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The Seventh-day Adventist Church seeks to enhance quality of life for all people in our communities, adhering to the ideals described by the Bible. We seek to share both our faith in God and the church's commitment to the betterment of all human beings. We are a mainstream Protestant church with approximately 19 million members worldwide and more than one million members in North America. Our doors are always open to the community and to anyone who wishes to worship in one of our more than 151,000 Seventh-day Adventist congregations around the world.

Inland Northwest Media Contact

Jay Wintermeyer


The Seventh-day Adventist Church has been an official denomination since 1863. 


  • Worldwide: 19.5 million 
  • United States and Canada: 1.2 million 


  • Worldwide: 153,253 congregations 
  • United States and Canada: 6,257 congregations 


The world's second largest integrated network of schools. 

  • Worldwide: 7,792 with 1.8 million students 
  • United States and Canada: 852 (13 Tertiary Institutions, 111 Secondary Schools, 728 Primary Schools) 


  • Largest Protestant integrated network of hospitals and clinics worldwide. 
  • Worldwide: 733 Health care institutions, 31,772 beds/units United States and Canada: 65 Hospitals, 28 Nursing and Retirement Homes, 4 Clinics/Dispensaries. 

In 2011, the Seventh-day Adventist Church was recognized as the fastest-growing Christian denomination in North America, according to USA Today. The Seventh-day Adventist Church is the most racially diverse religious group in the United States according to the Pew Research Center in its 2014 Religious Landscape Study. Of adults who identify as Seventh-day Adventist, it found that: 

  • 37% are white 
  • 32% are black 
  • 15% are Hispanic 
  • 8% are Asian 
  • 8% are another race or mixed race. 


Organized in 1863, the Seventh-day Adventist Church has its doctrinal roots in the “Advent Awakening” movement of the 1840s. Hundreds of thousands of Christians became convinced from their study of Bible prophecy that Christ would soon return. This re-awakening of a neglected Biblical belief occurred in many countries, with a major focus in North America. 

After the “great disappointment” of their hopes in 1844, these advent believers broke up into a number of different groups. One group, studying their Bibles for increased understanding, recognized the seventh-day Sabbath (Saturday) as the day of worship. This group, which included Ellen and James White and Joseph Bates, became the nucleus of the church congregations that chose the name “Seventh-day Adventist Church” and organized in Battle Creek, Michigan, with 125 churches and 3,500 members. 

Ellen White‘s ministry under God’s special guidance greatly influenced the development of the Adventist Church. Her counsels and messages to believers and church leaders shaped the form and progress of the church, while its beliefs have remained totally Bible-based.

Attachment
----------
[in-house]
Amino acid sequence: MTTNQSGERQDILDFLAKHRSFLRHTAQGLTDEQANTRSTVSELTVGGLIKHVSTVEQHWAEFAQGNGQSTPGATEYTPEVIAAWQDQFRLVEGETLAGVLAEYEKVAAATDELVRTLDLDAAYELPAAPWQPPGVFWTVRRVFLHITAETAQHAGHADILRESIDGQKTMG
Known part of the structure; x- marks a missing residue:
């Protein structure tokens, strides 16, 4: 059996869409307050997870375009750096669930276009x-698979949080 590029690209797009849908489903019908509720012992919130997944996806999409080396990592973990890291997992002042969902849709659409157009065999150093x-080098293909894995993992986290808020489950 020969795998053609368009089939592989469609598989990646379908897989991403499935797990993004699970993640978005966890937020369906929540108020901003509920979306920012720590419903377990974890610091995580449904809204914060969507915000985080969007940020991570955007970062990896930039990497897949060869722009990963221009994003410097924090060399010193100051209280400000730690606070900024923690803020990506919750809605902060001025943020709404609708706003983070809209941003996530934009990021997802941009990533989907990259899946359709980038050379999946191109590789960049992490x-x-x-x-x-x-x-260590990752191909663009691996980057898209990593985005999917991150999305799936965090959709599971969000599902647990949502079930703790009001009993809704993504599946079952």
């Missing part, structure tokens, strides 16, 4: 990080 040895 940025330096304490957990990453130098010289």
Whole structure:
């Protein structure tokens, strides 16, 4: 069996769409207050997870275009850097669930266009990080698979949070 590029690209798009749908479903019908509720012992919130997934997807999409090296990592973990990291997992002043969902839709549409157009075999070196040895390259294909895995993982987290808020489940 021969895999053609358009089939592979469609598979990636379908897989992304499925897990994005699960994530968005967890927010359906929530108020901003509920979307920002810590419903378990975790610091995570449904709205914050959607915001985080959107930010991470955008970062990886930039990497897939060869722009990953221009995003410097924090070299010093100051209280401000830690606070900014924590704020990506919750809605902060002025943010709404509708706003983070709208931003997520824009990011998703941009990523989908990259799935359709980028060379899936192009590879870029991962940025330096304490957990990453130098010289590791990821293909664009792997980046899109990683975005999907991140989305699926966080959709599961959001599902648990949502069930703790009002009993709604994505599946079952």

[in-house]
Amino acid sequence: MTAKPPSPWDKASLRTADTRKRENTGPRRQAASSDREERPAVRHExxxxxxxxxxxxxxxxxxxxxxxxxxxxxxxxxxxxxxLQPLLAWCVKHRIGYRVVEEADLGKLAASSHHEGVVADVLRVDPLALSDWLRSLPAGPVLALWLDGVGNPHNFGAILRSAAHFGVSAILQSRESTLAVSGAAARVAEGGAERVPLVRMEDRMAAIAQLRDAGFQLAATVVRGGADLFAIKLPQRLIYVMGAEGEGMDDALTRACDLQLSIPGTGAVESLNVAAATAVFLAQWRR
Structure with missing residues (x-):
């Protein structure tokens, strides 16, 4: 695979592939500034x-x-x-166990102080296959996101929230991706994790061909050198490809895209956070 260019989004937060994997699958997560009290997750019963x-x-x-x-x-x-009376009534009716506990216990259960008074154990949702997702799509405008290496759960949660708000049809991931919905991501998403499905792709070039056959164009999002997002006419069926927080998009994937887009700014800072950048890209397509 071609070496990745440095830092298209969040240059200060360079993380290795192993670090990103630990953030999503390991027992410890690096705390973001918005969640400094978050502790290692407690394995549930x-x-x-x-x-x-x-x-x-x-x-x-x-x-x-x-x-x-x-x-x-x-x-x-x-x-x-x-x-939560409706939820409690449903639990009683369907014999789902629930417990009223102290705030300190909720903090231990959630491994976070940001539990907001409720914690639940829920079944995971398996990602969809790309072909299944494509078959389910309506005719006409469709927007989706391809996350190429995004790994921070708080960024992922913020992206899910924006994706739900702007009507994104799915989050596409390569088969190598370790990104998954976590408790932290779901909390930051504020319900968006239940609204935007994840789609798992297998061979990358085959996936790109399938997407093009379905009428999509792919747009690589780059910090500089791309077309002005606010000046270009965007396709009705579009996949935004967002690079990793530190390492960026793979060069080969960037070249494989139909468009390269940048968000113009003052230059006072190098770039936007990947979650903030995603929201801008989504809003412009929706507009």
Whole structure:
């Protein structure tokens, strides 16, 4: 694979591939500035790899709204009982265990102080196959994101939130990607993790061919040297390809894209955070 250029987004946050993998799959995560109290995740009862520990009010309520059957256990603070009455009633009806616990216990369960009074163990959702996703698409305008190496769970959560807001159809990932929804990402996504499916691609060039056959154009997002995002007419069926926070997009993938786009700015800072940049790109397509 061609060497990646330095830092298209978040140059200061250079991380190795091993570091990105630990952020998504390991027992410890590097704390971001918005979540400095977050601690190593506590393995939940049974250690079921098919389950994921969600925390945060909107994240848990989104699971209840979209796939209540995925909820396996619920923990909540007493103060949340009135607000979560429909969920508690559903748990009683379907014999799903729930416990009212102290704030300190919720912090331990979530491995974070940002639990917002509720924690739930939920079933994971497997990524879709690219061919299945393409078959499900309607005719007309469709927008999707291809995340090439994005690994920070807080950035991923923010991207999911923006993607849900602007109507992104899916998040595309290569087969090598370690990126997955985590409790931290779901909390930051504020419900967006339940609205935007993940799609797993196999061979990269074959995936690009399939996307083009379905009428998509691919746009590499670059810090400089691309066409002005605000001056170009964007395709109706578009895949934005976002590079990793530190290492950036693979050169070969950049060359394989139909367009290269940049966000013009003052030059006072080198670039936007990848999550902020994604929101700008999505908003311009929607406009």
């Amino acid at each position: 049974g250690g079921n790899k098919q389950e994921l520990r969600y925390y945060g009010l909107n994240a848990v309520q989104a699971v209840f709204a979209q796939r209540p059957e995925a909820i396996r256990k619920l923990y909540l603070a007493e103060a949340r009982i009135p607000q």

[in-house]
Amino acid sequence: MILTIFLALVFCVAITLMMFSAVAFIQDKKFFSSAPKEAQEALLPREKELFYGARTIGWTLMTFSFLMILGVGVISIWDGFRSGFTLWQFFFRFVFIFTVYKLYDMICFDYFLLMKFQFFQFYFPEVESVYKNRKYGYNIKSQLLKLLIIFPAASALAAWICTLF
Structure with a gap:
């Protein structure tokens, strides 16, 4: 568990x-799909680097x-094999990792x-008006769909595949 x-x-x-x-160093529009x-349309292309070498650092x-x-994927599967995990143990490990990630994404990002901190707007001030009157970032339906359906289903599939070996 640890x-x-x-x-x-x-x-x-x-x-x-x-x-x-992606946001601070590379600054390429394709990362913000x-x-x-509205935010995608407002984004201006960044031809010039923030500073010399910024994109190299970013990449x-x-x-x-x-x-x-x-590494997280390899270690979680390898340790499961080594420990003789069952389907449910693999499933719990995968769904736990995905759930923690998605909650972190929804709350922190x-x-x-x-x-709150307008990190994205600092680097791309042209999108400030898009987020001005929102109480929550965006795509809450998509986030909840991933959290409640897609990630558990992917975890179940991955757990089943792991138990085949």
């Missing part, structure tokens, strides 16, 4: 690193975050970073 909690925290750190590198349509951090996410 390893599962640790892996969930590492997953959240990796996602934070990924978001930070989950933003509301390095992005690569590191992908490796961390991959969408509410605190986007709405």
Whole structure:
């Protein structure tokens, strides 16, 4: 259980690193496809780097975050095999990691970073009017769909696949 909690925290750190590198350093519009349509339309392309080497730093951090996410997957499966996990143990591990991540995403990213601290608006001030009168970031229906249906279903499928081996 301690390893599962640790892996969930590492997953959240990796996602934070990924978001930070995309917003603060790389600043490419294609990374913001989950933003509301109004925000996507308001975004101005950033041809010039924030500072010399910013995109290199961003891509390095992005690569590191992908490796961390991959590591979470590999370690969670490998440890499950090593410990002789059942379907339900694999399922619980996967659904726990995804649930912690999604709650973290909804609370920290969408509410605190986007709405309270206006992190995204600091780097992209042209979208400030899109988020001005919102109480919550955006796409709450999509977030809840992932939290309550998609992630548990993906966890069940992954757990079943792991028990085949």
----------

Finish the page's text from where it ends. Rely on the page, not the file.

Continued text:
Other early Adventists of note include John Harvey Kellogg, co-inventor of the “cornflake” along with his brother Will, and pioneer of the Battle Creek Sanitarium; Joseph Bates, retired sea captain and first leader of an Adventist administration; Uriah Smith, prolific author and inventor, and editor of the church’s paper for almost 50 years. 

Adventist missionaries began work outside of North America in 1864, and ten years later J. N. Andrews was sent to Switzerland as the denomination’s first official missionary. In 1890, an Adventist minister began working in Russia, while in 1894 church operations commenced in Africa (Ghana and South Africa). Missionaries also arrived in South America in 1894, and in Japan in 1896. The church now operates in 209 countries and territories worldwide. 

Growth from the early days has been dramatic. From the small group meeting in 1846 and the organization of the church with 3,500 believers, Seventh-day Adventists now number 19.5 million worldwide. 


Bible / Holy Scriptures - Ancient and timeless, a masterpiece of literature, the Holy Bible reveals God’s role in human history, our place in God’s plan, and truth to guide us and shield us from deception. 

The Life, Death, and Resurrection of Christ - God sent Jesus, His Son, to live the perfect life we could not and die the death our sins deserve. When we accept Jesus’ sacrifice, we claim eternal life. 

Sabbath - The Sabbath is God’s gift to us, a time for rest and restoration of our connection to God and others. It reminds us of God’s creation and Jesus’ grace. 

Creation - God made our world with brilliant creativity and tender care. He created humanity to take care of and take pleasure in the planet, with rest and recreation in perfect balance. 

The Law of God (10 Commandments) - The Ten Commandments show us God’s will and love for us. Its guidelines tell how to relate to God and others. Jesus lived out the law as both our example and perfect substitute. 

Second Coming - We look forward to Jesus’ promised return, when He will resurrect His saved children and take them to heaven. Though we cannot know exactly when He will come back, we can live in joyful anticipation. 

Marriage and the Family - Created in God’s image, male and female, we are designed to live in relationships. Marriage is God’s ideal to live in harmony, and for children to grow up in security and love. 

Read our complete 28 fundamental beliefs.